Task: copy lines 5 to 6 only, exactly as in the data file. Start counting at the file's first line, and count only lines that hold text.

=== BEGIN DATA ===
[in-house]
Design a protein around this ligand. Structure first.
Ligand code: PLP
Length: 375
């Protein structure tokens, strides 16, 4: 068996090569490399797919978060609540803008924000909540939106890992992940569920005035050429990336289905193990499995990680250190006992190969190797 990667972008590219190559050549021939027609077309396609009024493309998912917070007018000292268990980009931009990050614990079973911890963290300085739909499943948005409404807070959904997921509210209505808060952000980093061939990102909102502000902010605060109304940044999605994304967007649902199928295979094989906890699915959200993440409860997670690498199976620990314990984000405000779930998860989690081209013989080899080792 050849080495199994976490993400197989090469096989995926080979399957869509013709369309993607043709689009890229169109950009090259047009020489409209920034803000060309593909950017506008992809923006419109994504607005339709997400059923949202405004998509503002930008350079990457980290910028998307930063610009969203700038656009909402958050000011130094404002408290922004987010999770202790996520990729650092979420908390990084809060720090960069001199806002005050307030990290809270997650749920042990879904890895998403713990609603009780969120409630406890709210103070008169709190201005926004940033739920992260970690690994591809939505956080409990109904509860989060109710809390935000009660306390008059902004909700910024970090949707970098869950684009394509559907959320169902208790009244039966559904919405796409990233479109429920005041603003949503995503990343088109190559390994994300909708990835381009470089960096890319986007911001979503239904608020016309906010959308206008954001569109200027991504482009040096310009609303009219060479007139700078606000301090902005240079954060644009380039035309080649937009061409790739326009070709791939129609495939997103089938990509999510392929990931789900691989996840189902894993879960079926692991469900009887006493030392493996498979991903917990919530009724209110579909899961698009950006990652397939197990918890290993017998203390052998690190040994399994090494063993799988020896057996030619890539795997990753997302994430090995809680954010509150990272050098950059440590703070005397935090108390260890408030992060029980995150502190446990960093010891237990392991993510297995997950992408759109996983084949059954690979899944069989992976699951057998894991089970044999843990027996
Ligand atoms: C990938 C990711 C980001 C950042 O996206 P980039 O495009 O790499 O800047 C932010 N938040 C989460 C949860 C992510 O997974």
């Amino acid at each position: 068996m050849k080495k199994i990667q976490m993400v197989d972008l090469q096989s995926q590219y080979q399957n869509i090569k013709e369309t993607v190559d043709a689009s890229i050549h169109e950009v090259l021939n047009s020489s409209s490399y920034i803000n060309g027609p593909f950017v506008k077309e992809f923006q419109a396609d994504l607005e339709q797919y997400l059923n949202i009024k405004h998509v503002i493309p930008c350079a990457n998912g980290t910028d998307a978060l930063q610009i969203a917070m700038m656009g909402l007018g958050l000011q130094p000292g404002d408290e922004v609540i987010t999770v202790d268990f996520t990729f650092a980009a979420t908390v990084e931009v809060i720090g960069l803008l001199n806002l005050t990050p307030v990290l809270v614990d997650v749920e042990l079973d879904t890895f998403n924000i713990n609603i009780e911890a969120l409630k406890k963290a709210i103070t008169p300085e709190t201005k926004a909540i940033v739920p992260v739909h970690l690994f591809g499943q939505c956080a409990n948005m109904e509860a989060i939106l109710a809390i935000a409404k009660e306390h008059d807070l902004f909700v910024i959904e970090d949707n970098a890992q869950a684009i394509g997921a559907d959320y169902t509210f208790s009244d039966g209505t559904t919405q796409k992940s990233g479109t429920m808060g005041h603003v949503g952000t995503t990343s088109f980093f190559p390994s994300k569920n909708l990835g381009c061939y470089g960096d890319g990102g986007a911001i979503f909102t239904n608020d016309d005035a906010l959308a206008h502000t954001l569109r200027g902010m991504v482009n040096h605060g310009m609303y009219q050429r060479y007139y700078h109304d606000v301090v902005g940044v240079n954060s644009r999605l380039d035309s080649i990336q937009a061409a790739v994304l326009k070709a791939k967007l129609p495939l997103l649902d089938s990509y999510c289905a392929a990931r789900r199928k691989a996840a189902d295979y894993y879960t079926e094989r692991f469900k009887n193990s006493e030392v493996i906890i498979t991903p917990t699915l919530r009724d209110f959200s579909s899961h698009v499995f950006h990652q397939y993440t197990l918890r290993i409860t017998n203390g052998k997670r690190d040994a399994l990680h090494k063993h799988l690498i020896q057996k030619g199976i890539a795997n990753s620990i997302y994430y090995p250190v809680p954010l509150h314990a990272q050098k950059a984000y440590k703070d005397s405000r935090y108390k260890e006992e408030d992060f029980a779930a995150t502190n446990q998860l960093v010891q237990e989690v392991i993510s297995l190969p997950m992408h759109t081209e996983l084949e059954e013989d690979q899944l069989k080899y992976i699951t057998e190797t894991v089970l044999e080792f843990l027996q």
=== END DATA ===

């Protein structure tokens, strides 16, 4: 068996090569490399797919978060609540803008924000909540939106890992992940569920005035050429990336289905193990499995990680250190006992190969190797 990667972008590219190559050549021939027609077309396609009024493309998912917070007018000292268990980009931009990050614990079973911890963290300085739909499943948005409404807070959904997921509210209505808060952000980093061939990102909102502000902010605060109304940044999605994304967007649902199928295979094989906890699915959200993440409860997670690498199976620990314990984000405000779930998860989690081209013989080899080792 050849080495199994976490993400197989090469096989995926080979399957869509013709369309993607043709689009890229169109950009090259047009020489409209920034803000060309593909950017506008992809923006419109994504607005339709997400059923949202405004998509503002930008350079990457980290910028998307930063610009969203700038656009909402958050000011130094404002408290922004987010999770202790996520990729650092979420908390990084809060720090960069001199806002005050307030990290809270997650749920042990879904890895998403713990609603009780969120409630406890709210103070008169709190201005926004940033739920992260970690690994591809939505956080409990109904509860989060109710809390935000009660306390008059902004909700910024970090949707970098869950684009394509559907959320169902208790009244039966559904919405796409990233479109429920005041603003949503995503990343088109190559390994994300909708990835381009470089960096890319986007911001979503239904608020016309906010959308206008954001569109200027991504482009040096310009609303009219060479007139700078606000301090902005240079954060644009380039035309080649937009061409790739326009070709791939129609495939997103089938990509999510392929990931789900691989996840189902894993879960079926692991469900009887006493030392493996498979991903917990919530009724209110579909899961698009950006990652397939197990918890290993017998203390052998690190040994399994090494063993799988020896057996030619890539795997990753997302994430090995809680954010509150990272050098950059440590703070005397935090108390260890408030992060029980995150502190446990960093010891237990392991993510297995997950992408759109996983084949059954690979899944069989992976699951057998894991089970044999843990027996
Ligand atoms: C990938 C990711 C980001 C950042 O996206 P980039 O495009 O790499 O800047 C932010 N938040 C989460 C949860 C992510 O997974």